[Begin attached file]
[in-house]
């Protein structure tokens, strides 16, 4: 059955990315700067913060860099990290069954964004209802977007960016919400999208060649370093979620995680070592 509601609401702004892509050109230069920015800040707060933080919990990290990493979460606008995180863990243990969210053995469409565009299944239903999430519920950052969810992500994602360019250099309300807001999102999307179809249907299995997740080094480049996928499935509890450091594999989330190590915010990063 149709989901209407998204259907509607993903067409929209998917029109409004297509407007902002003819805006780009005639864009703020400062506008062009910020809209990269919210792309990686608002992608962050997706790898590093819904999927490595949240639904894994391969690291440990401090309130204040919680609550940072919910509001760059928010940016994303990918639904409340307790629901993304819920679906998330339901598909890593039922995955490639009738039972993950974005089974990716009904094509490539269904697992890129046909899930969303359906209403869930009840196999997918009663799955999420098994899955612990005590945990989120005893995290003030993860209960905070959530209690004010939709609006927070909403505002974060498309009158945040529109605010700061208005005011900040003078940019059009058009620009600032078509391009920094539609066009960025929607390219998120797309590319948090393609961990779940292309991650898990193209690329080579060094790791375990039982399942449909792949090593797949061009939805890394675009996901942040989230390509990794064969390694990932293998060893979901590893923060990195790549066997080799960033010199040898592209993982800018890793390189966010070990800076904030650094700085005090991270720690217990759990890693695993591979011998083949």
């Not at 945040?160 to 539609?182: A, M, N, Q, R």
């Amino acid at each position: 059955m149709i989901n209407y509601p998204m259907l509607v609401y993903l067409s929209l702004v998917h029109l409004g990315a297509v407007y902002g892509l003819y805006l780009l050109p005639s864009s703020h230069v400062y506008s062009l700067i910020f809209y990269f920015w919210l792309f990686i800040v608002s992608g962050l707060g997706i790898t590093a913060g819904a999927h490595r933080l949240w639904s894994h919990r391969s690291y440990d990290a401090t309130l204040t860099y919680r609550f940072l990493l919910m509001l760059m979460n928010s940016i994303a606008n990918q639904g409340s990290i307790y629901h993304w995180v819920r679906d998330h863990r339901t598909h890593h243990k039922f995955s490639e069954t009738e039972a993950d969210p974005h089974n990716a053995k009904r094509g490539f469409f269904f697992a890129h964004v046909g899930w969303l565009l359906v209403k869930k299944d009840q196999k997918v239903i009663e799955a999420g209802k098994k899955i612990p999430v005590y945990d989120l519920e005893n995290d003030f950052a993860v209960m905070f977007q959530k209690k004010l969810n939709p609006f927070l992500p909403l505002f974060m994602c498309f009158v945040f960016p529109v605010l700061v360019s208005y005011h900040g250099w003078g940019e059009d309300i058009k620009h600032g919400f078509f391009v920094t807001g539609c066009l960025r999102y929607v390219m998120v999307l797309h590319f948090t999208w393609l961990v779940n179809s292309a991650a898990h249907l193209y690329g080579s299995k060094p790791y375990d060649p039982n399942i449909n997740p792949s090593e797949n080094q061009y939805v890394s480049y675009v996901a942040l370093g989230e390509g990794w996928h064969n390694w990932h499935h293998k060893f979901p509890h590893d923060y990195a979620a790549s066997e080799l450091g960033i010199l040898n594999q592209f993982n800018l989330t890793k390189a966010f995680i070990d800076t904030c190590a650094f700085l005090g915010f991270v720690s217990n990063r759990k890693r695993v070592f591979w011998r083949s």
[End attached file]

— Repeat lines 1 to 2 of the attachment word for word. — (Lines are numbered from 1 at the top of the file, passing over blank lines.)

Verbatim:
[in-house]
């Protein structure tokens, strides 16, 4: 059955990315700067913060860099990290069954964004209802977007960016919400999208060649370093979620995680070592 509601609401702004892509050109230069920015800040707060933080919990990290990493979460606008995180863990243990969210053995469409565009299944239903999430519920950052969810992500994602360019250099309300807001999102999307179809249907299995997740080094480049996928499935509890450091594999989330190590915010990063 149709989901209407998204259907509607993903067409929209998917029109409004297509407007902002003819805006780009005639864009703020400062506008062009910020809209990269919210792309990686608002992608962050997706790898590093819904999927490595949240639904894994391969690291440990401090309130204040919680609550940072919910509001760059928010940016994303990918639904409340307790629901993304819920679906998330339901598909890593039922995955490639009738039972993950974005089974990716009904094509490539269904697992890129046909899930969303359906209403869930009840196999997918009663799955999420098994899955612990005590945990989120005893995290003030993860209960905070959530209690004010939709609006927070909403505002974060498309009158945040529109605010700061208005005011900040003078940019059009058009620009600032078509391009920094539609066009960025929607390219998120797309590319948090393609961990779940292309991650898990193209690329080579060094790791375990039982399942449909792949090593797949061009939805890394675009996901942040989230390509990794064969390694990932293998060893979901590893923060990195790549066997080799960033010199040898592209993982800018890793390189966010070990800076904030650094700085005090991270720690217990759990890693695993591979011998083949």